A report released by the WA Department of Health last month found that Western Australians were now drinking 30 per cent more than they did 10 years ago. According to that report, 3,975 Western Australians died from alcohol related causes between 1997 and 2005—and that does not include road deaths. One of those people who died during that time was my sister Margaret Dix. My younger sister Margaret came to Western Australia about seven years before her death, and we were able to develop a strong bond as brother and sister, which had not been possible earlier. On 12 August 2004, Margaret was drinking at the Rendezvous Observation City Hotel’s lobby bar, catching up with a friend from Victoria, before she fell to her death from the balcony of the 15th storey of the hotel. Toxicology analysis indicated that Margaret had a blood alcohol level of almost seven times the legal driving limit. The bartender, bar manager and licensee of the hotel were charged with four counts each of supplying alcohol to a drunken person. A magistrate later ruled that they had no case to answer. Unfortunately, Margaret is not the only sister I have lost to an alcohol related incident. My older sister Jennifer was killed in a hit-and-run accident by an alleged drunk-driver in Victoria more than 35 years ago.
I am not a wowser, and I am certainly no saint when it comes to alcohol. I enjoy a few beers on a warm day and a couple of glasses of wine with friends. But I strongly believe that we all have to work together in this parliament, with the states and with the community to make binge drinking un-Australian. Changing the nation’s attitude towards binge drinking cannot be achieved in the short term, but it must begin. It will be a long-term battle that has the potential to change the very nature of our national identity, but it will help save relationships, marriages, jobs, sporting careers and lives. I dedicated my victory in Swan last November to my sister Margaret, and I am committed to making sure that all Australians understand the dangers of excessive alcohol consumption.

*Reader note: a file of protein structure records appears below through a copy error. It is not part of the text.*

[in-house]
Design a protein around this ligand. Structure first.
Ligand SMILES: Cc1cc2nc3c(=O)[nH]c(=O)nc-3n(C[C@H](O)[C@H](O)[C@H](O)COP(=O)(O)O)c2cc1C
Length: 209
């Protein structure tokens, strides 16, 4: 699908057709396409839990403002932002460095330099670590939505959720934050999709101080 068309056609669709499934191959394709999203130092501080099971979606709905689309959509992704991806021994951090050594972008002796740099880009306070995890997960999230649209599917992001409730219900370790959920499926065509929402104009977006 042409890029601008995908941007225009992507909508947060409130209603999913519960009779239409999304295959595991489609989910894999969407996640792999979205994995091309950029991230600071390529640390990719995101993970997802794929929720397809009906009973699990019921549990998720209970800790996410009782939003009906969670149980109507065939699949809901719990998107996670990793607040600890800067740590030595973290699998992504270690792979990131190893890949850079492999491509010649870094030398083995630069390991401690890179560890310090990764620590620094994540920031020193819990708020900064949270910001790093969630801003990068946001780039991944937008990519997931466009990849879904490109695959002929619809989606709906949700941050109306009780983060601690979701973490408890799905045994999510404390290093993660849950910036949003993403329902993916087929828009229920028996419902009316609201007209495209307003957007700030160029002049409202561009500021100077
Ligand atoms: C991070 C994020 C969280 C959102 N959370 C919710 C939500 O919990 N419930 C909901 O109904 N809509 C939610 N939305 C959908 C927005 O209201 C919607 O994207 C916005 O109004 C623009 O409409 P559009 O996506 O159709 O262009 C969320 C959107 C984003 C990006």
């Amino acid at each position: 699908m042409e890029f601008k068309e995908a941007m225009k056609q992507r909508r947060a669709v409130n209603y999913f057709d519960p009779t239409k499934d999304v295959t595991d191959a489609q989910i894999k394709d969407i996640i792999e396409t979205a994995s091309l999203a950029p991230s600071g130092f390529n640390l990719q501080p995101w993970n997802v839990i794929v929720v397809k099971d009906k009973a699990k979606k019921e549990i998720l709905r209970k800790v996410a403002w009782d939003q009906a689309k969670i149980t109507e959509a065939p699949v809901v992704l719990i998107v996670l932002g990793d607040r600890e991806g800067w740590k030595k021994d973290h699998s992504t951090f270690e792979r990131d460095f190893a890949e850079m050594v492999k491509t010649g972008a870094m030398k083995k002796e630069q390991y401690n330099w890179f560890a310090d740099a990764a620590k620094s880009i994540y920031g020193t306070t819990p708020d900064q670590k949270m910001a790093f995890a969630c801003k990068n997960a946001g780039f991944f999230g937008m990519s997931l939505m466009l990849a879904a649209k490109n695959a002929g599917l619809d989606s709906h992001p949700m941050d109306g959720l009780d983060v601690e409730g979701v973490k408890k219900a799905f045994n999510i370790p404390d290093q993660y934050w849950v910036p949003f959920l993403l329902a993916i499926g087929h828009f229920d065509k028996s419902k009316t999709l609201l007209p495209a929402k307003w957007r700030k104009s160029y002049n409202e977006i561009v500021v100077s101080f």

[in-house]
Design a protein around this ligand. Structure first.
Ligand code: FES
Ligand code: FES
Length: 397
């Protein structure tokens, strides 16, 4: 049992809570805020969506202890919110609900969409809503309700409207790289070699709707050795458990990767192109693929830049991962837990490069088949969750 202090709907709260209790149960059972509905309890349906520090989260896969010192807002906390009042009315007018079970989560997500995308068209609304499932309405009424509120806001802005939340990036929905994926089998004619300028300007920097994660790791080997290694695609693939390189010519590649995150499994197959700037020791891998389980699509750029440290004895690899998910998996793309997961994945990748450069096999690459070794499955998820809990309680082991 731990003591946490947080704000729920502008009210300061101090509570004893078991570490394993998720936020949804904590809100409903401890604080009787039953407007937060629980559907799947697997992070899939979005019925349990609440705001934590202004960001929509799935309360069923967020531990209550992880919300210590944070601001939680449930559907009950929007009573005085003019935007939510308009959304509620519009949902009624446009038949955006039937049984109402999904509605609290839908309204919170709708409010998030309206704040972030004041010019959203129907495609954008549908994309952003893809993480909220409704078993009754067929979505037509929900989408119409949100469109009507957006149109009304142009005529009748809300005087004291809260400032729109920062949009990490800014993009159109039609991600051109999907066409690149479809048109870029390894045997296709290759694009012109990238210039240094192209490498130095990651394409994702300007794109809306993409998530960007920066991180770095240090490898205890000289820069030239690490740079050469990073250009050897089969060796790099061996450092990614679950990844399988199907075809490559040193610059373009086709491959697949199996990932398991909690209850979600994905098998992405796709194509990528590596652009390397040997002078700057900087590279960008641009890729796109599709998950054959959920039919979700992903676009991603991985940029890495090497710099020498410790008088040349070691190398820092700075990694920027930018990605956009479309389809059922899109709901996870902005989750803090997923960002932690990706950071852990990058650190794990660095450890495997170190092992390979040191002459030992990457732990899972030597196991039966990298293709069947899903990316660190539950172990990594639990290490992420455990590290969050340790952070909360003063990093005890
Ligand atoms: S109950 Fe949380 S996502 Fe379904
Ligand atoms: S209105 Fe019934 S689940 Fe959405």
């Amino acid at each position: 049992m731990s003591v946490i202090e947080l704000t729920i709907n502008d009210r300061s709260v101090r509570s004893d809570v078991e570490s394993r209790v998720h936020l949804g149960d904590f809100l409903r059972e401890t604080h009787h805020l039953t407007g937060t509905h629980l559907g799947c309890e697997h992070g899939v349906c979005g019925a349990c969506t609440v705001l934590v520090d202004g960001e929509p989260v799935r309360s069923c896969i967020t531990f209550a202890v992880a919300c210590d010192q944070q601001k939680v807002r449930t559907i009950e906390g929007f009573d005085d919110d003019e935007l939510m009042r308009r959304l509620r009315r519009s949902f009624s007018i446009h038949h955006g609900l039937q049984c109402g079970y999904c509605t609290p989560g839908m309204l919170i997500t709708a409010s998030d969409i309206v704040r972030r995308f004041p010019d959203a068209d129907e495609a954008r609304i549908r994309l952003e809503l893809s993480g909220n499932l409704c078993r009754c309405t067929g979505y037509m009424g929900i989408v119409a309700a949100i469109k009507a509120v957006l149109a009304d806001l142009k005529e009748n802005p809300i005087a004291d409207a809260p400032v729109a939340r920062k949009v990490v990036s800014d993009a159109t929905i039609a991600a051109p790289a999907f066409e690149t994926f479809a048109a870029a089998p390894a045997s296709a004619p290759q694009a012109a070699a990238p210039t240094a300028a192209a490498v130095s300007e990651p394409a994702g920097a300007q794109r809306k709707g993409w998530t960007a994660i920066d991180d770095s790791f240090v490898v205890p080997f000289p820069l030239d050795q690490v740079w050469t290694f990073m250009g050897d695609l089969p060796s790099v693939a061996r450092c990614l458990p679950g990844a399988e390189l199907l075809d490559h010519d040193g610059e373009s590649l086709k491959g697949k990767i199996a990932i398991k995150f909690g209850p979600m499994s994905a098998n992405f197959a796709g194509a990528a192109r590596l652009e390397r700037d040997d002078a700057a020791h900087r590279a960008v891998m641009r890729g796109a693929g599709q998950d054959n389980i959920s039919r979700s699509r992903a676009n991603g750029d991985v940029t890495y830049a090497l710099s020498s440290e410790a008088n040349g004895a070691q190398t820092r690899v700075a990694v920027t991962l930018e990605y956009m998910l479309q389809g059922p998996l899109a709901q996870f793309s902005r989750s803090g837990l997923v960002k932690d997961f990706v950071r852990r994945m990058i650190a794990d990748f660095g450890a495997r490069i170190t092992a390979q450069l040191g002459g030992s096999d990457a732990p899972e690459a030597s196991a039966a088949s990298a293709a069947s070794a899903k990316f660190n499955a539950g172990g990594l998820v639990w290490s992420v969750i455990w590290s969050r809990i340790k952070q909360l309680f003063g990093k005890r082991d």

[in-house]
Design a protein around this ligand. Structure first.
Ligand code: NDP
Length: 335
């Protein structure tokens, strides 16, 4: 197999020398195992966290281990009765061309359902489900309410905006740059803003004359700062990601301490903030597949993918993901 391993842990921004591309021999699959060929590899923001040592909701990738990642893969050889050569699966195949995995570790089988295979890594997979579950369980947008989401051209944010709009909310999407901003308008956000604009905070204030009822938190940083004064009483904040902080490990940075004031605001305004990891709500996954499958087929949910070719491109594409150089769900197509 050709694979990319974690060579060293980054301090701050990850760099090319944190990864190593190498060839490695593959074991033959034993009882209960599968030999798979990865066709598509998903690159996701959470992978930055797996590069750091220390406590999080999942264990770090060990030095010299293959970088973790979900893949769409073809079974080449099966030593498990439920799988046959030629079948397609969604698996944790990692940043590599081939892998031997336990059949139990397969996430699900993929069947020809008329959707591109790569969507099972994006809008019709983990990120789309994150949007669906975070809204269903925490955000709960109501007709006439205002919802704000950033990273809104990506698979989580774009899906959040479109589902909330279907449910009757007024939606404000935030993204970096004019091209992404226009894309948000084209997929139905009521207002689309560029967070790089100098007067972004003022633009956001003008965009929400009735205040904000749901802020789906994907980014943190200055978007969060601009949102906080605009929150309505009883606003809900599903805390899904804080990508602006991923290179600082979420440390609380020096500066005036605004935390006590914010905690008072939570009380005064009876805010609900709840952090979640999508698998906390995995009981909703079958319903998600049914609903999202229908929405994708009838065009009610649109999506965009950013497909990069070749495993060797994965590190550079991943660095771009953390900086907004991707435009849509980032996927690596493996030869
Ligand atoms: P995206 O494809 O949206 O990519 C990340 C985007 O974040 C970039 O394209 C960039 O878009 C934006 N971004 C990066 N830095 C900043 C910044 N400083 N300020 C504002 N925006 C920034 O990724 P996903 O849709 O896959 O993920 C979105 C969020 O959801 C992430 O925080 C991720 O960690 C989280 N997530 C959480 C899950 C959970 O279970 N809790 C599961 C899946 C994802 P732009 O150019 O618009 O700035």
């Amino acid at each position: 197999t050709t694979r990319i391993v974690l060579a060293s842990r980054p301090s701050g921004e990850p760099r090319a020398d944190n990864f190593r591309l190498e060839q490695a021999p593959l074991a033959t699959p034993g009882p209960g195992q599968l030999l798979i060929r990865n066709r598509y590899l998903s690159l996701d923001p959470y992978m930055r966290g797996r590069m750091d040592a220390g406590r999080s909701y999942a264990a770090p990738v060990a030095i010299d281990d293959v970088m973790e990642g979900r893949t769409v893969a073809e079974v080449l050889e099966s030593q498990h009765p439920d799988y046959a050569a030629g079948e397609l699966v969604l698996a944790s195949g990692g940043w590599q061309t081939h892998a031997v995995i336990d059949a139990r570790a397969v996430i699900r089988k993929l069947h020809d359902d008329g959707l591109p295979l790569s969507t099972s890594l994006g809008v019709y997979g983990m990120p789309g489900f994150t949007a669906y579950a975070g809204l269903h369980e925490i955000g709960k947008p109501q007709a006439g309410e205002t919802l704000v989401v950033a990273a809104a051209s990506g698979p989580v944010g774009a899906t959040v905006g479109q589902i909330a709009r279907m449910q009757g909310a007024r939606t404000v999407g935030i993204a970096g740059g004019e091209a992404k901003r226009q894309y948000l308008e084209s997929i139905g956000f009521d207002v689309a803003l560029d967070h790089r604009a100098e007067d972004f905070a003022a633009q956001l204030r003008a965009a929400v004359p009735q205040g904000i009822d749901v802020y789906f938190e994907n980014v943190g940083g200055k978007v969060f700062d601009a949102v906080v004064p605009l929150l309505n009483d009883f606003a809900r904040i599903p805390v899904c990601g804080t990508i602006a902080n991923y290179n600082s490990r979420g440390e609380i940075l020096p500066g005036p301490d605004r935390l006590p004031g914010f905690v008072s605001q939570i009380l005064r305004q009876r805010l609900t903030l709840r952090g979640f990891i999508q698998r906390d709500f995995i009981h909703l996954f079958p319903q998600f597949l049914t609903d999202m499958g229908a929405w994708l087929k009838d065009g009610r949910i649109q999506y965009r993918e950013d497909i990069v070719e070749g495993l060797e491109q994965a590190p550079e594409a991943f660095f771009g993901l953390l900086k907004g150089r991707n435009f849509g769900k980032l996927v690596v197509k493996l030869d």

Someone else who has given me inspiration since the day he was born is my son, Jarrad. Jarrad was born in 1992 during one of the toughest business periods of my life, coming out of the recession we had to have. He gave me a new purpose in life, and since he came to live with me three years ago we have become great mates in our home in South Perth. At a young age, Jarrad has given me great support during the campaign and has been a constant reality check for me since he came to live with me. Jarrad is in the gallery today. I salute you, Jarrad, and I hope that we have many years of mateship ahead and that you achieve all your dreams in life.
I would also like to thank my mother and family for all the love and support they gave me while I was growing up and for the support they offered me during my run for federal parliament. I have heard family mentioned many times in this House and would join in the chorus of how important families are to Australia and our way of life.